When Conan O’Brien steps aside from nightly hosting duties later this month, Jimmy Kimmel will officially become the Grand Old Man, or as the kids say, the O.G. of Late Night. In the post-Johnny Carson era, this honorific — usually marked by standing ovations and unusual amounts of deference from one’s late-night rivals — belonged to David Letterman for 20 years. When he retired, the mantle was passed to Conan, and pretty soon I think we’ll see people bowing and scraping before Kimmel as well.
Longevity in late-night requires stamina, consistency, and a near-pathological desire to succeed at what is the most relentless grind in television. And in the case of these three men, the O.G. encomium also recognizes the fact that, at least as far as the big prize is concerned, they’ve failed. To be the No. 1-rated network host in late night means that you, like Johnny, are the King of the Night. Dave had his chance in the ’90s, but he frittered away his lead to Jay Leno. Conan was never really given the chance, because the nervous Nellies at NBC rushed the keys to the Tonight Show back to Leno before the first oil change.
Jimmy Kimmel may make it to the Nielsen summit someday. I doubt it, because Stephen Colbert doesn’t look like he’s going anywhere. But here’s the thing about Jimmy Kimmel — I don’t think he ever expected to be the King of the Night. If the biographical lore is to be believed, Kimmel didn’t even want to be on television until his agent talked him into doing Win Ben Stein’s Money. And since that debut as comic foil to a man best known for saying “Bueller?” over and over, Kimmel has seemed to float effortlessly upward.
Kimmel came from radio, where having to fill four hours a day is excellent prep for filling five hours a week of TV. (Since you've read this far, I guarantee you will love this biographical interview Kimmel just did on Andy Richter's podcast.) The genus Deejayus wackius were among civilization’s earliest miners of “found comedy,” and as Letterman did with “Small Town News” (which Leno ripped off), so Kimmel and his writers have taken the art of found material to the next level with segments like Unnecessary Censorship and the crowd-pleasing Mean Tweets.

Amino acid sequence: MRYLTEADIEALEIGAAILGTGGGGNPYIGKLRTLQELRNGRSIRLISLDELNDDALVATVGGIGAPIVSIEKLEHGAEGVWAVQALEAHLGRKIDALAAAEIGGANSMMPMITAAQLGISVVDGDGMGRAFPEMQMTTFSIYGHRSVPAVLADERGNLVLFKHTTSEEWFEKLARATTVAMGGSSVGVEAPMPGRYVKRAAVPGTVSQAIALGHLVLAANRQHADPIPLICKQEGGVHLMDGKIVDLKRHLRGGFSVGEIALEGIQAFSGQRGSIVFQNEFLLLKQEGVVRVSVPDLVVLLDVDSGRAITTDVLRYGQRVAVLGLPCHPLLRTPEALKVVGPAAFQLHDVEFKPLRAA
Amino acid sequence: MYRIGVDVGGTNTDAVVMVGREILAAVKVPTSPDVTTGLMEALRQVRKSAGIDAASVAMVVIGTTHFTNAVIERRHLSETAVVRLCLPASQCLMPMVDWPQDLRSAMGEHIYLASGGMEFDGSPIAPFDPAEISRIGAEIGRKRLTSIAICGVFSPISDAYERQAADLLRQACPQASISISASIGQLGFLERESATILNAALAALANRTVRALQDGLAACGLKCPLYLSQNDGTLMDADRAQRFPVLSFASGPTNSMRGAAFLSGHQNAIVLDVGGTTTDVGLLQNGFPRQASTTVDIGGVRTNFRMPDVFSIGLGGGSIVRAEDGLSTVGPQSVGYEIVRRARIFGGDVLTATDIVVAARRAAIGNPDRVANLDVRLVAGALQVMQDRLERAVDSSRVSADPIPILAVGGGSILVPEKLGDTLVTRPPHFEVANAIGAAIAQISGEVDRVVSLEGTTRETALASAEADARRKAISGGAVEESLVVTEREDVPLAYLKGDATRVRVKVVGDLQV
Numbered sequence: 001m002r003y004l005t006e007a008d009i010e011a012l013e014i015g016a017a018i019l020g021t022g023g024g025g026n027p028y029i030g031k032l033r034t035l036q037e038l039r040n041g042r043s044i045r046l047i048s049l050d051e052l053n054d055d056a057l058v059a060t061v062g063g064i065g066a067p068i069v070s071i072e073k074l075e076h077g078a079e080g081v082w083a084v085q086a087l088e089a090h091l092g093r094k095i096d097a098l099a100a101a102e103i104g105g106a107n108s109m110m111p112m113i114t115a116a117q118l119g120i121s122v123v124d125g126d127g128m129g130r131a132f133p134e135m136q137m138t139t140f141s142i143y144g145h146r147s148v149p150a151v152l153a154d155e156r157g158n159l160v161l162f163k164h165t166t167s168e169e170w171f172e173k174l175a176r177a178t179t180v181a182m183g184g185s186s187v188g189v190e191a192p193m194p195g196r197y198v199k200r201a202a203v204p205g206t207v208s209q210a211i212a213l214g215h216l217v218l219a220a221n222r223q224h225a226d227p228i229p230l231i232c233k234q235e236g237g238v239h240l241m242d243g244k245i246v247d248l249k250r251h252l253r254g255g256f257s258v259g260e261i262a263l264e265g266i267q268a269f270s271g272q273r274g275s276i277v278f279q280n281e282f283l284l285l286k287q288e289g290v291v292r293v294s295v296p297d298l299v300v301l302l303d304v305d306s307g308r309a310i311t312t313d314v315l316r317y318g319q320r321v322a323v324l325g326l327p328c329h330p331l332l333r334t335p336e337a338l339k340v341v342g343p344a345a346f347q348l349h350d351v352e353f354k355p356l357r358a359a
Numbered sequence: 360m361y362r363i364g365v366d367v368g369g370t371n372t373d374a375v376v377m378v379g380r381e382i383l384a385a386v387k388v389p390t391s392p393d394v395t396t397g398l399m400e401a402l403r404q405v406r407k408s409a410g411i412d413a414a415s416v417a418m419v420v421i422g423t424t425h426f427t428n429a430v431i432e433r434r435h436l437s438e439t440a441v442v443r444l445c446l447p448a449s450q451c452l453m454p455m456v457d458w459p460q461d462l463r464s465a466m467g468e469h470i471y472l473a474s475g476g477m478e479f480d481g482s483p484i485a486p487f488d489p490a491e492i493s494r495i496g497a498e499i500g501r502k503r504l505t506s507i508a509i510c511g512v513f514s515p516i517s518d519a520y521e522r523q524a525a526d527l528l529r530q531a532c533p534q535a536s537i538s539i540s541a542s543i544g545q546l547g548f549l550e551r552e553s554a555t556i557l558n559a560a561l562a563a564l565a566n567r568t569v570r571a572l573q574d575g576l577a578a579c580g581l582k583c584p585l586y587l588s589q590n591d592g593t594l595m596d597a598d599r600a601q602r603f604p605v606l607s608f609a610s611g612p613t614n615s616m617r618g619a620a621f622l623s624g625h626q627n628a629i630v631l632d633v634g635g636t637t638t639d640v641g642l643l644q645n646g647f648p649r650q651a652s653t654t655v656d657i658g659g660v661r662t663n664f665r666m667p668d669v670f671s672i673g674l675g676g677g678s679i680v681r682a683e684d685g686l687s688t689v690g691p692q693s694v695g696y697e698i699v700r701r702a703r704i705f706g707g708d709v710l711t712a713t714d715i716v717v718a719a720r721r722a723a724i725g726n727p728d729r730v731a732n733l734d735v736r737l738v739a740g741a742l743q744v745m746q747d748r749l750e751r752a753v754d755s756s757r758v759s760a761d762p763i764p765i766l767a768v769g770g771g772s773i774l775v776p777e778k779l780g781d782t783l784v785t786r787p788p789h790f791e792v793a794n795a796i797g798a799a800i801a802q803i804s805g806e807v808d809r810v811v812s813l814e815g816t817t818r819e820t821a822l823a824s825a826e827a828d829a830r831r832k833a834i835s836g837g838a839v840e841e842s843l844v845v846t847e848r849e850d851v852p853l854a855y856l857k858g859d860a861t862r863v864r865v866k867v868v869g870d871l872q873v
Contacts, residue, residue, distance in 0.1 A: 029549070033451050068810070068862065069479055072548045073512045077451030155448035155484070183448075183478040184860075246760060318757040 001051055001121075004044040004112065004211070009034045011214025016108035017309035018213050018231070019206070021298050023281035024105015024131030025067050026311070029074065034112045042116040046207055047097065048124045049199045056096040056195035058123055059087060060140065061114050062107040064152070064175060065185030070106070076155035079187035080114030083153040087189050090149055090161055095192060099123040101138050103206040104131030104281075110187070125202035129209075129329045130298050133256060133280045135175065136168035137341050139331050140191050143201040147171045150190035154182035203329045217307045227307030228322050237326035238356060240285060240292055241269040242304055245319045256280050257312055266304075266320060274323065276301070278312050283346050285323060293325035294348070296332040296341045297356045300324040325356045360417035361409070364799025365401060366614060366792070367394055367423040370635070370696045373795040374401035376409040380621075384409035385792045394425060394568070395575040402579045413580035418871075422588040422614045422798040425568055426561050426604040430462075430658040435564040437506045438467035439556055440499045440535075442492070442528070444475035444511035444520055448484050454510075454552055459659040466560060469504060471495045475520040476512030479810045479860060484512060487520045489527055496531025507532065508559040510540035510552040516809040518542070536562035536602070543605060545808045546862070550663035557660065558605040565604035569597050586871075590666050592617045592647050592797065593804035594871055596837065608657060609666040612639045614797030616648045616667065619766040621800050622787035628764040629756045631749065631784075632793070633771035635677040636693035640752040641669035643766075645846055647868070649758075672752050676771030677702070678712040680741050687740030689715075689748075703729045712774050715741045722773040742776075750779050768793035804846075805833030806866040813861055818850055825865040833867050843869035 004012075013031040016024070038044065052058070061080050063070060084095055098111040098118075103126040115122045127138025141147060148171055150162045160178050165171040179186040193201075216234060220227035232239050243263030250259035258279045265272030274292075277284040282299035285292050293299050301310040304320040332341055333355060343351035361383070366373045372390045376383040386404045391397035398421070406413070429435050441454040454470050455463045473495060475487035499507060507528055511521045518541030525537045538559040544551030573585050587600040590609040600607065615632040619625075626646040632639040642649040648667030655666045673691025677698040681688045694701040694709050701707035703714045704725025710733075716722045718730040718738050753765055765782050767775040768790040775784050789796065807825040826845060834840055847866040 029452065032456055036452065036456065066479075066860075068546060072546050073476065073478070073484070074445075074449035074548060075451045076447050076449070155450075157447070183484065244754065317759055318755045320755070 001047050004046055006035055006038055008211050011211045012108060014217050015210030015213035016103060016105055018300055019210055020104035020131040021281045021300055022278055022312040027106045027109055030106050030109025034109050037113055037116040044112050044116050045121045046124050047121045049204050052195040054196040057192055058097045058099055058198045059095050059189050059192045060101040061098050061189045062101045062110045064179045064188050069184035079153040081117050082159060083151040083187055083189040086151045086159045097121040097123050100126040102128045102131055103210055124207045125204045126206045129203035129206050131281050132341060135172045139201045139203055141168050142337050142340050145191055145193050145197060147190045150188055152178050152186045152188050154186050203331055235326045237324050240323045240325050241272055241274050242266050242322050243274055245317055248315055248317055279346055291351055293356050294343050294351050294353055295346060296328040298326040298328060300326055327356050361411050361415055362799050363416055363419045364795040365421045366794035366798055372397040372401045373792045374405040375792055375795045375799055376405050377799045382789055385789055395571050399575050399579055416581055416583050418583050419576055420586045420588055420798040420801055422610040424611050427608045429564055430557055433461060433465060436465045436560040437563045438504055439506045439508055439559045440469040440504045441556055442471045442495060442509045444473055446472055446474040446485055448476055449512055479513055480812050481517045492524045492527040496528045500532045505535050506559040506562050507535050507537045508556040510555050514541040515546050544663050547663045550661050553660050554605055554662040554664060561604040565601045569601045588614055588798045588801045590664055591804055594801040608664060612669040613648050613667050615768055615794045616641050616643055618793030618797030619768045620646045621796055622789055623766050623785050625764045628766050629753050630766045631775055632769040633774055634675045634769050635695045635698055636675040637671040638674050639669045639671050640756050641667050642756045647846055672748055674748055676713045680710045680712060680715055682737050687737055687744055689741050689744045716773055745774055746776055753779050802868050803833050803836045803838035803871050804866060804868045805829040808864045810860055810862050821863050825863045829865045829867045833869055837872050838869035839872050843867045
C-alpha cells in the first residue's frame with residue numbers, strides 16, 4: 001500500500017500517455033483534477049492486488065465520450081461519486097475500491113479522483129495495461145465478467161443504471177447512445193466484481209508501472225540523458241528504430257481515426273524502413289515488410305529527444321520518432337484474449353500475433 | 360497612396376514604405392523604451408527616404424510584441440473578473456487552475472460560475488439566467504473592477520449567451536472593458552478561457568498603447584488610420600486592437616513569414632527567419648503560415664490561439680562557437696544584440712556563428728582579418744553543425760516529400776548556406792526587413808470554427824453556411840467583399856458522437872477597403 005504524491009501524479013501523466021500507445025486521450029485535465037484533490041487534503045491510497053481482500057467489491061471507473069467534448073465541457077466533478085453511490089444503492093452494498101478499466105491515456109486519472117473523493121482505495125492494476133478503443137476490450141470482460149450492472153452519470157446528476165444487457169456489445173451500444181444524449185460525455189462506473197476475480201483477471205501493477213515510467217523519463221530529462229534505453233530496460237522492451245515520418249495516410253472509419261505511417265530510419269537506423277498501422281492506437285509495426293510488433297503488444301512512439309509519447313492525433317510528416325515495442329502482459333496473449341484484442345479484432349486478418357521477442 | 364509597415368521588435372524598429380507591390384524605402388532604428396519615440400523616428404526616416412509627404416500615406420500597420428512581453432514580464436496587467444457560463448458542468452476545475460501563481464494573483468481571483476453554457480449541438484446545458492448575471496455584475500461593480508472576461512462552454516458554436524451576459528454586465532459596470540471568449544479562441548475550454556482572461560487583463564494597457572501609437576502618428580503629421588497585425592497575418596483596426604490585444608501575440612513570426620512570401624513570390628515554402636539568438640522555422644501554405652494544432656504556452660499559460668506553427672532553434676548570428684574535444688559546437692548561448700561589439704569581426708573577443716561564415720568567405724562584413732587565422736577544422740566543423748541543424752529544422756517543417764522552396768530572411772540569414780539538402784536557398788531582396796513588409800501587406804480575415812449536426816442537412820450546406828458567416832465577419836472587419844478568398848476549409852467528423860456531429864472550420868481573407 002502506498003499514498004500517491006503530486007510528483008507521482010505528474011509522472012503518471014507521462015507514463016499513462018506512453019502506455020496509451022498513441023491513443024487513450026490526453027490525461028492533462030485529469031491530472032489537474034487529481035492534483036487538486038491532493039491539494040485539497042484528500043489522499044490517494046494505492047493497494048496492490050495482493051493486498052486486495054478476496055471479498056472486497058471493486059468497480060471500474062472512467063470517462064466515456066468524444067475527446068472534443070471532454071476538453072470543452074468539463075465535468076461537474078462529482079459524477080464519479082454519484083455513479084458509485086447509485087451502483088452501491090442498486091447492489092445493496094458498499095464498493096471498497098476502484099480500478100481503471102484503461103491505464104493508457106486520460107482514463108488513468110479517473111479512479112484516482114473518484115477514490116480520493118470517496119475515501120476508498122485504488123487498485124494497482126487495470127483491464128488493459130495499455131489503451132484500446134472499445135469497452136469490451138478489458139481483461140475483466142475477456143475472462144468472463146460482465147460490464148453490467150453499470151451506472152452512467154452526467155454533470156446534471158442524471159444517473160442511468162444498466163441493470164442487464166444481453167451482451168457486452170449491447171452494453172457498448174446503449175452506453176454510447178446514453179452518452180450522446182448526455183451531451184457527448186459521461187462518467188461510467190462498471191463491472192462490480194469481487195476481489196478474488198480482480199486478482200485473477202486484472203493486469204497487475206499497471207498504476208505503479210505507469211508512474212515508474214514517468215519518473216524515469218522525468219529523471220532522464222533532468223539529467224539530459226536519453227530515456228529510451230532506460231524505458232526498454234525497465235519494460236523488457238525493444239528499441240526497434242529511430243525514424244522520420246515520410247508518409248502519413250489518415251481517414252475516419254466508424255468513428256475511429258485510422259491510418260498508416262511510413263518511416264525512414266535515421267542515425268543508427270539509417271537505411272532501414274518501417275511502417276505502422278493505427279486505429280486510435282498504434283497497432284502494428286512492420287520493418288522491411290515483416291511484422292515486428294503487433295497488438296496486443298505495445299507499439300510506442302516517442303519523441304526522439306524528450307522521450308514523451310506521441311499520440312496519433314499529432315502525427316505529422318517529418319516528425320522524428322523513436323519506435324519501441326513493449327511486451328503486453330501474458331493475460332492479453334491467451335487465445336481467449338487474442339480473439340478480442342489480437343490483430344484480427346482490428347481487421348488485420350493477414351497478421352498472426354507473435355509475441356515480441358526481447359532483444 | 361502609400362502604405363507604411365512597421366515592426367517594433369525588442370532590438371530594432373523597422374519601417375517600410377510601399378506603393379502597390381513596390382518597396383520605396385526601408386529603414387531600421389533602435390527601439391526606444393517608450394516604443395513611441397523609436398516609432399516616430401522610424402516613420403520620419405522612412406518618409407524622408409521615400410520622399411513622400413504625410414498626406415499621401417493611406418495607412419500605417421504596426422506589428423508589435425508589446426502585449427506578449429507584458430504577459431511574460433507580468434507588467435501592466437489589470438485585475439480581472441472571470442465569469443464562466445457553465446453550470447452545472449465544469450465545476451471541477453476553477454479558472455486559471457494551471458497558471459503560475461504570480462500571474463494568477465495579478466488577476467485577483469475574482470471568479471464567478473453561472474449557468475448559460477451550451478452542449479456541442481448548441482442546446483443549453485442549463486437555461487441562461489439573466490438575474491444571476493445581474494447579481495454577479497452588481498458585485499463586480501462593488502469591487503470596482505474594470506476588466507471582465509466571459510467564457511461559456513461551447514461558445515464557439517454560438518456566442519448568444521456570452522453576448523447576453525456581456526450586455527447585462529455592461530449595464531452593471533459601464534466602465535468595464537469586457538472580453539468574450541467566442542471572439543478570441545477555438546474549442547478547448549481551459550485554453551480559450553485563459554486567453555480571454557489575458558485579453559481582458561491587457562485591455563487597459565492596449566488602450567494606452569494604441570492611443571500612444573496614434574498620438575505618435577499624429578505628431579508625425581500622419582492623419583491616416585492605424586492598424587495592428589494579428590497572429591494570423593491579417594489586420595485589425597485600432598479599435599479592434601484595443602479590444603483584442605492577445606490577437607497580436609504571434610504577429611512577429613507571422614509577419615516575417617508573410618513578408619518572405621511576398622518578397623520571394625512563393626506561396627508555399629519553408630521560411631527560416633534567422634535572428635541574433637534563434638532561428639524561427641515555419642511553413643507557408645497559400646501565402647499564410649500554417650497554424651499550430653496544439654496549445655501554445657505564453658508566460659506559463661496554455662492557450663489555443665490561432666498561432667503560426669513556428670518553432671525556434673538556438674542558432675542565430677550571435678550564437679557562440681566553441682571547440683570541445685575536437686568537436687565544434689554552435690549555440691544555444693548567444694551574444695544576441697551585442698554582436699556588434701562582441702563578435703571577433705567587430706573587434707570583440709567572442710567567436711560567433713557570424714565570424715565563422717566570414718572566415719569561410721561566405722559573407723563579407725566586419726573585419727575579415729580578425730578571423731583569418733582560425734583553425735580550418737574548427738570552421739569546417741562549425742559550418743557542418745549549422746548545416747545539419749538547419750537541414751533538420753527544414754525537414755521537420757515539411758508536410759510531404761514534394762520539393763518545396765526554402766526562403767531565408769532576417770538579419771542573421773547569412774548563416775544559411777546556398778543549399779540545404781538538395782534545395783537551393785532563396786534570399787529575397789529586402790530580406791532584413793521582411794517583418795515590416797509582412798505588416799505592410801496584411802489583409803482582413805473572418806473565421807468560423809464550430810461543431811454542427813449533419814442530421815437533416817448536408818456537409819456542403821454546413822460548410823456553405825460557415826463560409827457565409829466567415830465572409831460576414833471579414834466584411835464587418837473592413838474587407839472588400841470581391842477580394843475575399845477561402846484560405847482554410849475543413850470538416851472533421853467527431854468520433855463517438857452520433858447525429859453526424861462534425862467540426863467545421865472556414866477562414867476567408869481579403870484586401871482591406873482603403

Like Letterman, Kimmel had a strong "standup" game from the start. My introduction to him was the ABC upfront presentation in 2002. This is an annual hoo-hah for networks to promote their fall TV lineups to advertisers. “I don't know what I'm doing here,” Kimmel cheerfully admitted to the audience at Lincoln Center, shortly after the announcement that he would be hosting the post-Nightline show. “Two months ago it looked like David Letterman was coming to ABC. Instead you got me. This is definitely not a step in the right direction.” Turning to the executives who hired him, Lloyd Braun and Susan Lyne, he said, “I want to thank Lloyd and Susan now, because it’s doubtful either of you will be around when the show goes on the air. Better luck next time!”
Kimmel’s yearly takedowns of ABC — burn after burn about shows that bombed, dumb executive moves, and the advertisers sitting right in front of him — became the highlight of upfront season. His easygoing insult-comic routine carved out a space between Letterman’s barely-concealed hostility and O’Brien’s highbrow silliness.
And unlike those other two tormented souls, Kimmel had the freedom to be his own man. At ABC, he stood in no one’s shadow. Spending a decade as the lead-out from Nightline, Kimmel earned his promotion to 11:35 without the sturm und drang that Dave and Conan went through. (Behind the scenes it was a little different — he left his wife of 14 years in 2002, but since Ted Koppel was still the face of ABC late night, few noticed.)